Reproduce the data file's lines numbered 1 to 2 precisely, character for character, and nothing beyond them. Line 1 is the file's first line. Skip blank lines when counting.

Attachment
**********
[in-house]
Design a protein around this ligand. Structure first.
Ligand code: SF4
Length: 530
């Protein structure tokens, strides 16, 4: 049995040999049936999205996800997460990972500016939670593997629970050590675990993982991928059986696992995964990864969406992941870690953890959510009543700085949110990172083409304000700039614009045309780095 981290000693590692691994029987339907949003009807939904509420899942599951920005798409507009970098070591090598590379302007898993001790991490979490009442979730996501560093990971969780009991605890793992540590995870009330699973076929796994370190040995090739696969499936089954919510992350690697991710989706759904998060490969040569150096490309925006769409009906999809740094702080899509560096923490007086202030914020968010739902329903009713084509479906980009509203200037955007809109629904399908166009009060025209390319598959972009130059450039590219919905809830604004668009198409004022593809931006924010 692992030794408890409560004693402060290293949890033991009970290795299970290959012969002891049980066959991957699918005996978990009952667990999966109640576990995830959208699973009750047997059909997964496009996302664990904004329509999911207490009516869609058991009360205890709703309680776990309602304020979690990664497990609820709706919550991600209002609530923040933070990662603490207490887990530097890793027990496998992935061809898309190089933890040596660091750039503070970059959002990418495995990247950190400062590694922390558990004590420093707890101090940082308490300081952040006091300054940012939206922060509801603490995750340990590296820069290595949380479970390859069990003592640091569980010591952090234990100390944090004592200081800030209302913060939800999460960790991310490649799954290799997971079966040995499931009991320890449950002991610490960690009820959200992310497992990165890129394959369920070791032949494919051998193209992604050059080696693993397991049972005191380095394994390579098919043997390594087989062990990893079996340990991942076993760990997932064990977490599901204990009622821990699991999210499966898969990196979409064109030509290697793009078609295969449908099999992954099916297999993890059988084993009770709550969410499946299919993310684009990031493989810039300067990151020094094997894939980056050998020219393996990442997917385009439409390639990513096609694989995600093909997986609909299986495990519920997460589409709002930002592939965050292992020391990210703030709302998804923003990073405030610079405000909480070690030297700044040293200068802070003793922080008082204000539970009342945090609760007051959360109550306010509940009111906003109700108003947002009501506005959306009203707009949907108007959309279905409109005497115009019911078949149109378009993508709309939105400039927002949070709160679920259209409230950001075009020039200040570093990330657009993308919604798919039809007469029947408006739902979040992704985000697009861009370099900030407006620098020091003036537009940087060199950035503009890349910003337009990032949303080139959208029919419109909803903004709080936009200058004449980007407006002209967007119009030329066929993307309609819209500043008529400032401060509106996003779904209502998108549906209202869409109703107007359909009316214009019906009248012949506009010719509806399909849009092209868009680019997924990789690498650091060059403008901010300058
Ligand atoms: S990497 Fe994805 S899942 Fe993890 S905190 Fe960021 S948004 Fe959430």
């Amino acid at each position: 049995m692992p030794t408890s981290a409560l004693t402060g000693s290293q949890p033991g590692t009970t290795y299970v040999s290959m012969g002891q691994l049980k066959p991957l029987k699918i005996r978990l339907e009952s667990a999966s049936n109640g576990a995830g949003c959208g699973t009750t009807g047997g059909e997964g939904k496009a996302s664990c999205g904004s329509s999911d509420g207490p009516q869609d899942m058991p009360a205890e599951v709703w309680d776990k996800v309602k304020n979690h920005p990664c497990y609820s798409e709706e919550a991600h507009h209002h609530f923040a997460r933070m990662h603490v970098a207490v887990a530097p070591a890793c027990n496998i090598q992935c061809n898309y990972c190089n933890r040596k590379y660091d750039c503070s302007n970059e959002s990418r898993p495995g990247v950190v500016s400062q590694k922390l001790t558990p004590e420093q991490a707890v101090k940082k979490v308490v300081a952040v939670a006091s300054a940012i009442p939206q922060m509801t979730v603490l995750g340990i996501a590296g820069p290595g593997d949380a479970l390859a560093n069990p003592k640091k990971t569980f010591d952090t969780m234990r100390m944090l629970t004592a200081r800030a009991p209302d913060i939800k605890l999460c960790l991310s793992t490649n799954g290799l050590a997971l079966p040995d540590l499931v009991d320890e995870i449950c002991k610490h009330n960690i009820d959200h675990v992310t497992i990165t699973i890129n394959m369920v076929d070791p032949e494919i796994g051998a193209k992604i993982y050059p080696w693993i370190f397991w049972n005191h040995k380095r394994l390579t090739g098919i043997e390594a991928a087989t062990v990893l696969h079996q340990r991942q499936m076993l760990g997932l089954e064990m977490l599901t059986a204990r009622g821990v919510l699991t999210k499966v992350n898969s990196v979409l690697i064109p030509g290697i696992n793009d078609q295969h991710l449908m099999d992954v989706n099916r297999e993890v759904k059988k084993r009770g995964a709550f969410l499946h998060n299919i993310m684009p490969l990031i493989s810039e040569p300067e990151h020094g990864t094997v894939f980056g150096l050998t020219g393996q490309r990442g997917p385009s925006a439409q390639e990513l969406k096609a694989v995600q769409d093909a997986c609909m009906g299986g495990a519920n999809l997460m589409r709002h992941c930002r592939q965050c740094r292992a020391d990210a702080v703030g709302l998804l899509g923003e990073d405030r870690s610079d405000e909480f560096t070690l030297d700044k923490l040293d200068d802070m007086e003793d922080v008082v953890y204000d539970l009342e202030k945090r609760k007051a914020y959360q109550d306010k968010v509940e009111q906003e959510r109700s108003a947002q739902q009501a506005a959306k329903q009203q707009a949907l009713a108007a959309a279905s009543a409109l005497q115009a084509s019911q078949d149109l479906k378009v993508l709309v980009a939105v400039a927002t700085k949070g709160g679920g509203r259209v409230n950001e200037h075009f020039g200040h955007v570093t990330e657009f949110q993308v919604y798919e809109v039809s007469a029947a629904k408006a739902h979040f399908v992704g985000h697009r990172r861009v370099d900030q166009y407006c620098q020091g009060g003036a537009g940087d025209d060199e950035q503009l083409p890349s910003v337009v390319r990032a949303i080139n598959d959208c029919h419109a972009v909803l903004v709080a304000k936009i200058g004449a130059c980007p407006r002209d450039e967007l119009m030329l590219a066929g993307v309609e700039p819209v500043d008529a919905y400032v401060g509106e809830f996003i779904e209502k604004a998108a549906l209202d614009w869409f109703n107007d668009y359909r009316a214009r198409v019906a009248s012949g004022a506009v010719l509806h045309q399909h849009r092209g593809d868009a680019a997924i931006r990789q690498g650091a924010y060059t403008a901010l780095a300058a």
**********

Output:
[in-house]
Design a protein around this ligand. Structure first.